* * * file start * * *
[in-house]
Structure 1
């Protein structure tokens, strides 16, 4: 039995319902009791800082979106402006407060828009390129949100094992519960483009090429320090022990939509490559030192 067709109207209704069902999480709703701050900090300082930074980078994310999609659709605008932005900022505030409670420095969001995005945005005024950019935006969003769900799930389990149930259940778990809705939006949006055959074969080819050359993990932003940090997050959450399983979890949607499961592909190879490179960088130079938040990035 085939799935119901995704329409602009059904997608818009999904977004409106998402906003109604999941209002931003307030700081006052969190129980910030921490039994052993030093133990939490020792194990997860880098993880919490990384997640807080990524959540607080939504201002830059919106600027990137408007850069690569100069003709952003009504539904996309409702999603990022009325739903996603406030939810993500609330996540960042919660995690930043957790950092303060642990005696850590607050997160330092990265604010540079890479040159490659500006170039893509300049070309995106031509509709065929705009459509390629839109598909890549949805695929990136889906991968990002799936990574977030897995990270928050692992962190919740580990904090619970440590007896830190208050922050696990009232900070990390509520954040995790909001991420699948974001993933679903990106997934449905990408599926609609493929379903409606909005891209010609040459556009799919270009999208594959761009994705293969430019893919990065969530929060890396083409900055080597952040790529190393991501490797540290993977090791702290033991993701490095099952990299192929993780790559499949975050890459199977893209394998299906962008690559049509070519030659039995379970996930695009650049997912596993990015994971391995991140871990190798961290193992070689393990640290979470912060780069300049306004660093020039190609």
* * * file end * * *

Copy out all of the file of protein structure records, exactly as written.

[in-house]
Structure 1
């Protein structure tokens, strides 16, 4: 039995319902009791800082979106402006407060828009390129949100094992519960483009090429320090022990939509490559030192 067709109207209704069902999480709703701050900090300082930074980078994310999609659709605008932005900022505030409670420095969001995005945005005024950019935006969003769900799930389990149930259940778990809705939006949006055959074969080819050359993990932003940090997050959450399983979890949607499961592909190879490179960088130079938040990035 085939799935119901995704329409602009059904997608818009999904977004409106998402906003109604999941209002931003307030700081006052969190129980910030921490039994052993030093133990939490020792194990997860880098993880919490990384997640807080990524959540607080939504201002830059919106600027990137408007850069690569100069003709952003009504539904996309409702999603990022009325739903996603406030939810993500609330996540960042919660995690930043957790950092303060642990005696850590607050997160330092990265604010540079890479040159490659500006170039893509300049070309995106031509509709065929705009459509390629839109598909890549949805695929990136889906991968990002799936990574977030897995990270928050692992962190919740580990904090619970440590007896830190208050922050696990009232900070990390509520954040995790909001991420699948974001993933679903990106997934449905990408599926609609493929379903409606909005891209010609040459556009799919270009999208594959761009994705293969430019893919990065969530929060890396083409900055080597952040790529190393991501490797540290993977090791702290033991993701490095099952990299192929993780790559499949975050890459199977893209394998299906962008690559049509070519030659039995379970996930695009650049997912596993990015994971391995991140871990190798961290193992070689393990640290979470912060780069300049306004660093020039190609």